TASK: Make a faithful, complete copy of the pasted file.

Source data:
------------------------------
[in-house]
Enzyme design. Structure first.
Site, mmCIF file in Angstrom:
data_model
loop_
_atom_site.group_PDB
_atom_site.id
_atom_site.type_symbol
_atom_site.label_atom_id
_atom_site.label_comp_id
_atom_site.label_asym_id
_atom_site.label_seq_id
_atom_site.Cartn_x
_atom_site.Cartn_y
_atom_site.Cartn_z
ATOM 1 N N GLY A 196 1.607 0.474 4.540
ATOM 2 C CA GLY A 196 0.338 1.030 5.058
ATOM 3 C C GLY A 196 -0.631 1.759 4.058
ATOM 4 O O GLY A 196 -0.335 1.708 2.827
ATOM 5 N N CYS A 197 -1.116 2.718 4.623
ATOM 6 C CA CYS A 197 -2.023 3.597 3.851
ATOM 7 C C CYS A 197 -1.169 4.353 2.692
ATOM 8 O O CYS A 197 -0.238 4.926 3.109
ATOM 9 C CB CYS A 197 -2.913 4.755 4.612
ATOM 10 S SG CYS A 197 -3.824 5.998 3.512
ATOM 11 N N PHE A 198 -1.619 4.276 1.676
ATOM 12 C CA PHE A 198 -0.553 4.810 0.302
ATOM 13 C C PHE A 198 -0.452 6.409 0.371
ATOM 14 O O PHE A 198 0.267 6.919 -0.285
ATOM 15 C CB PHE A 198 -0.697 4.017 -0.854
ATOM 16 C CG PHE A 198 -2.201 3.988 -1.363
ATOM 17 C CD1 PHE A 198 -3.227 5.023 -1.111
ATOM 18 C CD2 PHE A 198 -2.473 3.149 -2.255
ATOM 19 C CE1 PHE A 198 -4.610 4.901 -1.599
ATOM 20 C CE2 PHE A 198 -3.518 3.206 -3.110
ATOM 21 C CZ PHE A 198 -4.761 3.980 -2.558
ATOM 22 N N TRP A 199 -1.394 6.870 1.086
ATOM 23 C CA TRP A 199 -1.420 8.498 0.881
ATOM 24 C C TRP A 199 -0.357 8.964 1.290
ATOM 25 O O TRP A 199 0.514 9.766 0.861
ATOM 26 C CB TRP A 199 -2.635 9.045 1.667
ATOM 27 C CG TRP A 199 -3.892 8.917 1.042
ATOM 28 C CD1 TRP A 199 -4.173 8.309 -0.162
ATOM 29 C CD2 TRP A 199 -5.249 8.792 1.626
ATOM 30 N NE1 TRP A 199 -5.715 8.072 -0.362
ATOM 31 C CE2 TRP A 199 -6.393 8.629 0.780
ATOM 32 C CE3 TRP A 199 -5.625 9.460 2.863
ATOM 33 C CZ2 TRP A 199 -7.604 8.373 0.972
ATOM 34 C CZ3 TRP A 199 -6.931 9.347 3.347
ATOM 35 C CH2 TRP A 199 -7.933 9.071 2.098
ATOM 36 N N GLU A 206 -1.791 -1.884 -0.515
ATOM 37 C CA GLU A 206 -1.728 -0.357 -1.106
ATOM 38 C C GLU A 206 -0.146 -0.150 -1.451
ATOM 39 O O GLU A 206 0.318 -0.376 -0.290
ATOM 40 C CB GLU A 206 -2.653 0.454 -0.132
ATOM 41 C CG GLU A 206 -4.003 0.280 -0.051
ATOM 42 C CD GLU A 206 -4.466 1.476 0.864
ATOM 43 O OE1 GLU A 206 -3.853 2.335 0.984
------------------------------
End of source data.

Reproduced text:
[in-house]
Enzyme design. Structure first.
Site, mmCIF file in Angstrom:
data_model
loop_
_atom_site.group_PDB
_atom_site.id
_atom_site.type_symbol
_atom_site.label_atom_id
_atom_site.label_comp_id
_atom_site.label_asym_id
_atom_site.label_seq_id
_atom_site.Cartn_x
_atom_site.Cartn_y
_atom_site.Cartn_z
ATOM 1 N N GLY A 196 1.607 0.474 4.540
ATOM 2 C CA GLY A 196 0.338 1.030 5.058
ATOM 3 C C GLY A 196 -0.631 1.759 4.058
ATOM 4 O O GLY A 196 -0.335 1.708 2.827
ATOM 5 N N CYS A 197 -1.116 2.718 4.623
ATOM 6 C CA CYS A 197 -2.023 3.597 3.851
ATOM 7 C C CYS A 197 -1.169 4.353 2.692
ATOM 8 O O CYS A 197 -0.238 4.926 3.109
ATOM 9 C CB CYS A 197 -2.913 4.755 4.612
ATOM 10 S SG CYS A 197 -3.824 5.998 3.512
ATOM 11 N N PHE A 198 -1.619 4.276 1.676
ATOM 12 C CA PHE A 198 -0.553 4.810 0.302
ATOM 13 C C PHE A 198 -0.452 6.409 0.371
ATOM 14 O O PHE A 198 0.267 6.919 -0.285
ATOM 15 C CB PHE A 198 -0.697 4.017 -0.854
ATOM 16 C CG PHE A 198 -2.201 3.988 -1.363
ATOM 17 C CD1 PHE A 198 -3.227 5.023 -1.111
ATOM 18 C CD2 PHE A 198 -2.473 3.149 -2.255
ATOM 19 C CE1 PHE A 198 -4.610 4.901 -1.599
ATOM 20 C CE2 PHE A 198 -3.518 3.206 -3.110
ATOM 21 C CZ PHE A 198 -4.761 3.980 -2.558
ATOM 22 N N TRP A 199 -1.394 6.870 1.086
ATOM 23 C CA TRP A 199 -1.420 8.498 0.881
ATOM 24 C C TRP A 199 -0.357 8.964 1.290
ATOM 25 O O TRP A 199 0.514 9.766 0.861
ATOM 26 C CB TRP A 199 -2.635 9.045 1.667
ATOM 27 C CG TRP A 199 -3.892 8.917 1.042
ATOM 28 C CD1 TRP A 199 -4.173 8.309 -0.162
ATOM 29 C CD2 TRP A 199 -5.249 8.792 1.626
ATOM 30 N NE1 TRP A 199 -5.715 8.072 -0.362
ATOM 31 C CE2 TRP A 199 -6.393 8.629 0.780
ATOM 32 C CE3 TRP A 199 -5.625 9.460 2.863
ATOM 33 C CZ2 TRP A 199 -7.604 8.373 0.972
ATOM 34 C CZ3 TRP A 199 -6.931 9.347 3.347
ATOM 35 C CH2 TRP A 199 -7.933 9.071 2.098
ATOM 36 N N GLU A 206 -1.791 -1.884 -0.515
ATOM 37 C CA GLU A 206 -1.728 -0.357 -1.106
ATOM 38 C C GLU A 206 -0.146 -0.150 -1.451
ATOM 39 O O GLU A 206 0.318 -0.376 -0.290
ATOM 40 C CB GLU A 206 -2.653 0.454 -0.132
ATOM 41 C CG GLU A 206 -4.003 0.280 -0.051
ATOM 42 C CD GLU A 206 -4.466 1.476 0.864
ATOM 43 O OE1 GLU A 206 -3.853 2.335 0.984